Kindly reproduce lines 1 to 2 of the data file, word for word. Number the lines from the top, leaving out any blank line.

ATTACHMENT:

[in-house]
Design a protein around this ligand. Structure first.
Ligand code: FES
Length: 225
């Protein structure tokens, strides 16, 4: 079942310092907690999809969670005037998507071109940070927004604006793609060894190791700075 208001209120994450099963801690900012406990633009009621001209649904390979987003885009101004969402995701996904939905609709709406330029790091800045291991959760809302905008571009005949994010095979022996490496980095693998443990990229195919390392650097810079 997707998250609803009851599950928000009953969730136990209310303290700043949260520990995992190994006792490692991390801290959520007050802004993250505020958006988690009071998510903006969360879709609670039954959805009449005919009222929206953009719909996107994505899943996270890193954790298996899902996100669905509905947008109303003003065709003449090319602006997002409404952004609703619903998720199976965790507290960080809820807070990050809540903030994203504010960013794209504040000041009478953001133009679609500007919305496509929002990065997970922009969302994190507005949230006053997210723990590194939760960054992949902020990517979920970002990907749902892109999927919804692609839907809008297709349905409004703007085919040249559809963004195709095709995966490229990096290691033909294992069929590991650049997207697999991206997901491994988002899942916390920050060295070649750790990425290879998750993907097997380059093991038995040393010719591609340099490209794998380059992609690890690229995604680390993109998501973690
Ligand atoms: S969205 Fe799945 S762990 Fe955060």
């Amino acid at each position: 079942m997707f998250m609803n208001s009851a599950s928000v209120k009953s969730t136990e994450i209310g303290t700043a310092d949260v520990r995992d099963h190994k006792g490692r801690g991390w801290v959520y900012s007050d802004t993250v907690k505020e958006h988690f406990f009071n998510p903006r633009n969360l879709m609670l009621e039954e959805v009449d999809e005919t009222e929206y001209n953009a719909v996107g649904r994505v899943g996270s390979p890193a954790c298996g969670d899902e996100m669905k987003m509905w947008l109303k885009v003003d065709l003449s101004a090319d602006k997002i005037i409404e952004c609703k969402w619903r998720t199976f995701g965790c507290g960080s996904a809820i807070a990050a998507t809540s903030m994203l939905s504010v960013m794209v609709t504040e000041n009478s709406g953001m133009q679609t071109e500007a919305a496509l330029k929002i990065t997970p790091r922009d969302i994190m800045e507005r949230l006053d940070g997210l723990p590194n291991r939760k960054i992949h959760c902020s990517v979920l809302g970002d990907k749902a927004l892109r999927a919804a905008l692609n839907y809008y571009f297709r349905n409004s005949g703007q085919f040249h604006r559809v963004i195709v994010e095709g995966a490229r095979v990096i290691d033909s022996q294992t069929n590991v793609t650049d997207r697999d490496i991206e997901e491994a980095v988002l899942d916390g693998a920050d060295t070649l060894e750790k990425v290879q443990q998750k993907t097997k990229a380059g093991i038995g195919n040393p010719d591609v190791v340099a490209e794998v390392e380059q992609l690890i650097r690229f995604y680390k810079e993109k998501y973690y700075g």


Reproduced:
[in-house]
Design a protein around this ligand. Structure first.